One of the questions we are asked most frequently is ‘How much should I charge?’, and it’s always a source of much debate! We’ve had run-ins and fall outs with all kinds of people about what VAs should and shouldn’t charge, but at the end of the day, there is one thing that we want to ensure people do when it comes to their hourly rate, and that is to make sure it covers their essential and non-negotiable business expenses AND leaves enough for a reasonable take-home figure.

At first glance, business expenses for VAs and Digital Freelancers might seem low, but that’s not necessarily the case. Yes, we might not need to pay hefty commuting costs or rent for office space, but there are still a number of other essential outgoings, including:

Insurance (Professional Indemnity, Public Liability, Cyber Insurance, etc.) – this is ESSENTIAL! Don’t start work without it, else you run the risk of hefty court fees. Protect yourself and your customers by making sure that you have the appropriate insurance in place at an appropriate level.

Contracts – there are so many affordable contracts out there to help protect your business, from hiring agreements, terms of business, privacy policy documents, etc. As with insurance, contracts are a non-negotiable business essential, helping to protect both you and your customers.

Hardware and Software costs – there are so many paid-for tools out there that can help make you work more productively and efficiently, so consider whether or not you need to upgrade from ‘free’ to ‘paid for’ versions of software. Some tools also require special ‘professional’ licenses if you are using them for work, so be sure to read the small print to ensure that you don’t end up with an unexpected bill! Putting money aside for replacing or repairing your office equipment – be it your computer, printer, work phone, etc. – is also a good idea to help reduce the risk of large, unexpected bills that you haven’t budgeted for.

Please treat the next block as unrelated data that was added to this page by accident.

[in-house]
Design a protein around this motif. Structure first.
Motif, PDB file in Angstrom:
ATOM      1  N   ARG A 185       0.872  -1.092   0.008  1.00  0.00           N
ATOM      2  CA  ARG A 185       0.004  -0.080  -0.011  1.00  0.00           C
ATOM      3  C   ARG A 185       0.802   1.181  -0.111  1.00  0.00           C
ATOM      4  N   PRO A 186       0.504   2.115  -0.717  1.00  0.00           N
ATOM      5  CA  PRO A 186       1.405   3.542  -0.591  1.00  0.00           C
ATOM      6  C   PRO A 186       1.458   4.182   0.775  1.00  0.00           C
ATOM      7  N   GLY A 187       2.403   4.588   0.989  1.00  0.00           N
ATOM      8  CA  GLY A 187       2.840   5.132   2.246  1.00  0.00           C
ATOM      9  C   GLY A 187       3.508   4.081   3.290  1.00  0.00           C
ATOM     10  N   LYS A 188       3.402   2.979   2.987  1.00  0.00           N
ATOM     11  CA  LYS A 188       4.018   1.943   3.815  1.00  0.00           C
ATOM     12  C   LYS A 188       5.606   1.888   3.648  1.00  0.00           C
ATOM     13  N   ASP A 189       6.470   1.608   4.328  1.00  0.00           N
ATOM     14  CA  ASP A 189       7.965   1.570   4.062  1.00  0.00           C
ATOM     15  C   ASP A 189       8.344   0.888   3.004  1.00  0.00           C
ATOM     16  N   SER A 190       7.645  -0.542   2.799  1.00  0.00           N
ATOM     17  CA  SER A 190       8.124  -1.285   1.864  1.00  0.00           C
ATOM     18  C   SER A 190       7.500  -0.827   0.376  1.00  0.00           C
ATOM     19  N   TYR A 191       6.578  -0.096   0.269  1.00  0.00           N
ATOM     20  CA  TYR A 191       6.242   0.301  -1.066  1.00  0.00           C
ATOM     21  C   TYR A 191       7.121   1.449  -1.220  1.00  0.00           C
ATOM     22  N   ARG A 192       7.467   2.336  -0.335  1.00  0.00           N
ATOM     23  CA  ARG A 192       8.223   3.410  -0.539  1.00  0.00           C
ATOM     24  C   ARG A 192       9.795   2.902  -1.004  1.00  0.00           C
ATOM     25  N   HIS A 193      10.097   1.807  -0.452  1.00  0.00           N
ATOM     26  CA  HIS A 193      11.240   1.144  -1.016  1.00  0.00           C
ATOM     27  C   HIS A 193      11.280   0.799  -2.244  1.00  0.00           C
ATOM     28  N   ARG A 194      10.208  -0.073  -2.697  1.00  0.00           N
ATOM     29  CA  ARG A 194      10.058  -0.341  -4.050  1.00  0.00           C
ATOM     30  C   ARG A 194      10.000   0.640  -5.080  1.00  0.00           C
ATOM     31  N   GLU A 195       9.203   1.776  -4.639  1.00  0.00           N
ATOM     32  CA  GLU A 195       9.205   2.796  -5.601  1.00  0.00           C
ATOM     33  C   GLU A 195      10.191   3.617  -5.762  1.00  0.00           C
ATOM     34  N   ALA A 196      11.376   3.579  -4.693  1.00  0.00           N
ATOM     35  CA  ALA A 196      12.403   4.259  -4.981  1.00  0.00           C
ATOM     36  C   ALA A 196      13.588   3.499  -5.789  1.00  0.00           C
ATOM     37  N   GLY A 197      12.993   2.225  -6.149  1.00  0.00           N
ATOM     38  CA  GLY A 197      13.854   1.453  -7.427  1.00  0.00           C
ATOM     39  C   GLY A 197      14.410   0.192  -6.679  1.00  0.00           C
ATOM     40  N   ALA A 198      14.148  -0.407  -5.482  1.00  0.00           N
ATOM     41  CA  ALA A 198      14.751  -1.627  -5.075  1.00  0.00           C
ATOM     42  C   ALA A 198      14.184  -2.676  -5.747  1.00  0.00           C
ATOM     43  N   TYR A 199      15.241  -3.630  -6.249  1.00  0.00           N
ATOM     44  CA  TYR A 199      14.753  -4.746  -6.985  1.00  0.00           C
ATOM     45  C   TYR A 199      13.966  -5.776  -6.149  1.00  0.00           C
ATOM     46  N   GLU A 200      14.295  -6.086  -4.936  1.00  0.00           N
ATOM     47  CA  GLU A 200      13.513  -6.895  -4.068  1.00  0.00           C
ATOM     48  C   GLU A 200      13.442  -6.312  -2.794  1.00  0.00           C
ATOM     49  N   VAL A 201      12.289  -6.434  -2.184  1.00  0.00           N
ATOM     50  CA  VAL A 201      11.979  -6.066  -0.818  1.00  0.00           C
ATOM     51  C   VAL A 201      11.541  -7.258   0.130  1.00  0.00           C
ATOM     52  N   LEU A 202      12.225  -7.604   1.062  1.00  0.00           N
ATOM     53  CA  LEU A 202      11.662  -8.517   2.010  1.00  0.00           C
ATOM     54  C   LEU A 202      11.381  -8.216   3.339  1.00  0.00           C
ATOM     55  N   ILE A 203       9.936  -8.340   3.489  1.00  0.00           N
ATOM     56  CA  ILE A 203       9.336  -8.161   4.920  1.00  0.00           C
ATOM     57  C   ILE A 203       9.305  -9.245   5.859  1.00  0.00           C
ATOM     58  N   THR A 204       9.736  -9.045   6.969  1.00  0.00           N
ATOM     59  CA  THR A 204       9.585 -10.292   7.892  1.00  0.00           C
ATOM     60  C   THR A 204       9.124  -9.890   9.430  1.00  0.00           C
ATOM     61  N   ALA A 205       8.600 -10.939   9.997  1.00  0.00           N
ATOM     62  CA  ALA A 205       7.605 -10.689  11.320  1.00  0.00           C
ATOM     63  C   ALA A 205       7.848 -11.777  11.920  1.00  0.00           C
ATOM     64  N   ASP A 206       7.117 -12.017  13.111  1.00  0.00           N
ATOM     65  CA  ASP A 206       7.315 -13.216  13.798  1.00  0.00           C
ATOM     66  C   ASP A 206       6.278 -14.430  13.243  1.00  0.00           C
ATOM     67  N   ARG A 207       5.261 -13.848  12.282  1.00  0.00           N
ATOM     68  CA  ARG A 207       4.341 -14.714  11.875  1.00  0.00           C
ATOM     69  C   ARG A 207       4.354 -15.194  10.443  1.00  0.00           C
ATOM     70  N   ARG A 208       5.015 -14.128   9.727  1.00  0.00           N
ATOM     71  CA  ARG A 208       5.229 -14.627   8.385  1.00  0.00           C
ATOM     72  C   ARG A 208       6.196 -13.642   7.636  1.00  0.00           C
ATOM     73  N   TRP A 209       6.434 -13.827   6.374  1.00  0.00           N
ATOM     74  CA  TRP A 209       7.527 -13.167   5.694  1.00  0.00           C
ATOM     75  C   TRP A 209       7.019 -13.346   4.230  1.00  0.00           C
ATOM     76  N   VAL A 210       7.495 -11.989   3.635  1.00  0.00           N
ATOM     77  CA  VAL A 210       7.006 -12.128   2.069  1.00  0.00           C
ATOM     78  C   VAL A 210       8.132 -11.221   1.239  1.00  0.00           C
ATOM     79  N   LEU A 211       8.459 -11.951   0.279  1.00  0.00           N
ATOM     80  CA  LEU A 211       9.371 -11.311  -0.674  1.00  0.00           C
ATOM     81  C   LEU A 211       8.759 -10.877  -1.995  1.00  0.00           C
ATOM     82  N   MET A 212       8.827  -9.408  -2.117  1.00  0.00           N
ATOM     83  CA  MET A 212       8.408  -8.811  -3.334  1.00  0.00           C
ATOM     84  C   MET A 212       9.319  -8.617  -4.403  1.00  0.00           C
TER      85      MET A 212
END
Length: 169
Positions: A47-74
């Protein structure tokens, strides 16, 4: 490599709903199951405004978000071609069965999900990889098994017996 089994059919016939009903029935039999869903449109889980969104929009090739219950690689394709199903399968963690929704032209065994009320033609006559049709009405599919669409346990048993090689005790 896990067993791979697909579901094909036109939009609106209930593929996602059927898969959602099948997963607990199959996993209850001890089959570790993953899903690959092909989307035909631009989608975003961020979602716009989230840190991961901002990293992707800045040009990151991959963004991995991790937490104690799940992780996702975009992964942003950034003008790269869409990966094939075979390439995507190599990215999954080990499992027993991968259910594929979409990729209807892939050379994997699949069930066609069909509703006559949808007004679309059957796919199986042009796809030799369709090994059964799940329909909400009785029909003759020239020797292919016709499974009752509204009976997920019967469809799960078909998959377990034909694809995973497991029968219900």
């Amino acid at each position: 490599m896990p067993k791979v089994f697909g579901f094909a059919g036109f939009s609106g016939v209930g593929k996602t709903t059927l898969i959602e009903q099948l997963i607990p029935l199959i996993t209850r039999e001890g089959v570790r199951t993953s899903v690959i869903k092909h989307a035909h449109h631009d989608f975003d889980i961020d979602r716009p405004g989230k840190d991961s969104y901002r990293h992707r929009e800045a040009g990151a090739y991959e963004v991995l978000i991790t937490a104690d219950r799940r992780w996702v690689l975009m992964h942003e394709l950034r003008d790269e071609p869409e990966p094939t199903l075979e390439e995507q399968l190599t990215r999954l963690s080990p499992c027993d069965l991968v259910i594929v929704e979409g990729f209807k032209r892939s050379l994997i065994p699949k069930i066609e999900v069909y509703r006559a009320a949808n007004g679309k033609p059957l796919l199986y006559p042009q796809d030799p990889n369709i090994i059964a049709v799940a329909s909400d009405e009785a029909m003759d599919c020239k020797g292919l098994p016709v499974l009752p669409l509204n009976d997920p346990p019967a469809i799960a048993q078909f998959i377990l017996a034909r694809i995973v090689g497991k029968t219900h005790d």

Professional memberships and fees – whether you are a member of the Chartered Institute of Marketing or a networking group, or are paying fees to the Information Commissioner’s Office as a Data Handler/Processor, you need to make sure that these fees are covered by the income from your business.

Tax, National Insurance, VAT (if applicable) and Pension Contributions – remember, these aren’t going to pay themselves! Work out how much you need to pay, or seek advice from an experienced accountant to make sure you don’t get hit with an unexpected bill from HMRC!

In order to calculate a baseline hourly rate, it’s worth tallying up all of the costs above (as well as any other business expenses you have that aren’t covered in the list) and working out your essential business outgoings on an annual and monthly basis. From this, you can estimate the number of hours you’ll be paid for each week (I know this can vary significantly, so it’s worth being conservative with this figure!) and then calculating your estimated income vs. expenditure level based on different hourly rates (i.e. £25ph, £30ph, £35ph, etc.) to see what difference this makes to your take home, and whether or not your preferred level provides enough to meet your living expenses.

Once you’ve set your hourly rate, don’t fret if you do need to increase it – you aren’t tied to it indefinitely! If you find that you need to increase your rate, you can. Our recommendation is to give clients plenty of notice of this change (and be prepared for some resistance! You may lose a few clients as a result of this), and to ensure that you are working in accordance with your terms of business document if that sets out certain conditions for rate increases.

There are a number of things to consider when establishing your hourly rate, but please make sure that it translates into a fair take home for you after you have paid out your essential business expenses. It might seem like a good idea to offer a bargain basement price to appeal to as many customers as possible, but if you’re working every hour under the sun and still struggling to make ends meet, you’re not really building a sustainable and long-lasting business.